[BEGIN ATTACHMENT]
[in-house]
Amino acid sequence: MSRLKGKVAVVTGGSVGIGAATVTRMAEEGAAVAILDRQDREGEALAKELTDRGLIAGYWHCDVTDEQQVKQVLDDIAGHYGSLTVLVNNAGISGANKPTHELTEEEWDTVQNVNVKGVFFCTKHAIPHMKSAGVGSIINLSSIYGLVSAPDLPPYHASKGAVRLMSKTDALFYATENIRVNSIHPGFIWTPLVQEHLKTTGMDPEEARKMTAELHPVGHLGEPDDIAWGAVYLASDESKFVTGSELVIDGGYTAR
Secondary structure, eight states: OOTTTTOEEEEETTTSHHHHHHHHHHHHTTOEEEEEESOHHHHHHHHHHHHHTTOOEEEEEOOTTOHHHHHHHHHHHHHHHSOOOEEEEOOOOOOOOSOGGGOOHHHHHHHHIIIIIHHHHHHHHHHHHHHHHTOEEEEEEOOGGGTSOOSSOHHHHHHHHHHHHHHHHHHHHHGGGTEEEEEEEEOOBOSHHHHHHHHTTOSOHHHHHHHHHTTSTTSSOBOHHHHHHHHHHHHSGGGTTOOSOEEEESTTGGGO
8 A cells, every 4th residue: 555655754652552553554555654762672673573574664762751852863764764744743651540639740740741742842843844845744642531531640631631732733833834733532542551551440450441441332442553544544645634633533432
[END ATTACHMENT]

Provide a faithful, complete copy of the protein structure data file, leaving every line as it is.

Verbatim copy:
[in-house]
Amino acid sequence: MSRLKGKVAVVTGGSVGIGAATVTRMAEEGAAVAILDRQDREGEALAKELTDRGLIAGYWHCDVTDEQQVKQVLDDIAGHYGSLTVLVNNAGISGANKPTHELTEEEWDTVQNVNVKGVFFCTKHAIPHMKSAGVGSIINLSSIYGLVSAPDLPPYHASKGAVRLMSKTDALFYATENIRVNSIHPGFIWTPLVQEHLKTTGMDPEEARKMTAELHPVGHLGEPDDIAWGAVYLASDESKFVTGSELVIDGGYTAR
Secondary structure, eight states: OOTTTTOEEEEETTTSHHHHHHHHHHHHTTOEEEEEESOHHHHHHHHHHHHHTTOOEEEEEOOTTOHHHHHHHHHHHHHHHSOOOEEEEOOOOOOOOSOGGGOOHHHHHHHHIIIIIHHHHHHHHHHHHHHHHTOEEEEEEOOGGGTSOOSSOHHHHHHHHHHHHHHHHHHHHHGGGTEEEEEEEEOOBOSHHHHHHHHTTOSOHHHHHHHHHTTSTTSSOBOHHHHHHHHHHHHSGGGTTOOSOEEEESTTGGGO
8 A cells, every 4th residue: 555655754652552553554555654762672673573574664762751852863764764744743651540639740740741742842843844845744642531531640631631732733833834733532542551551440450441441332442553544544645634633533432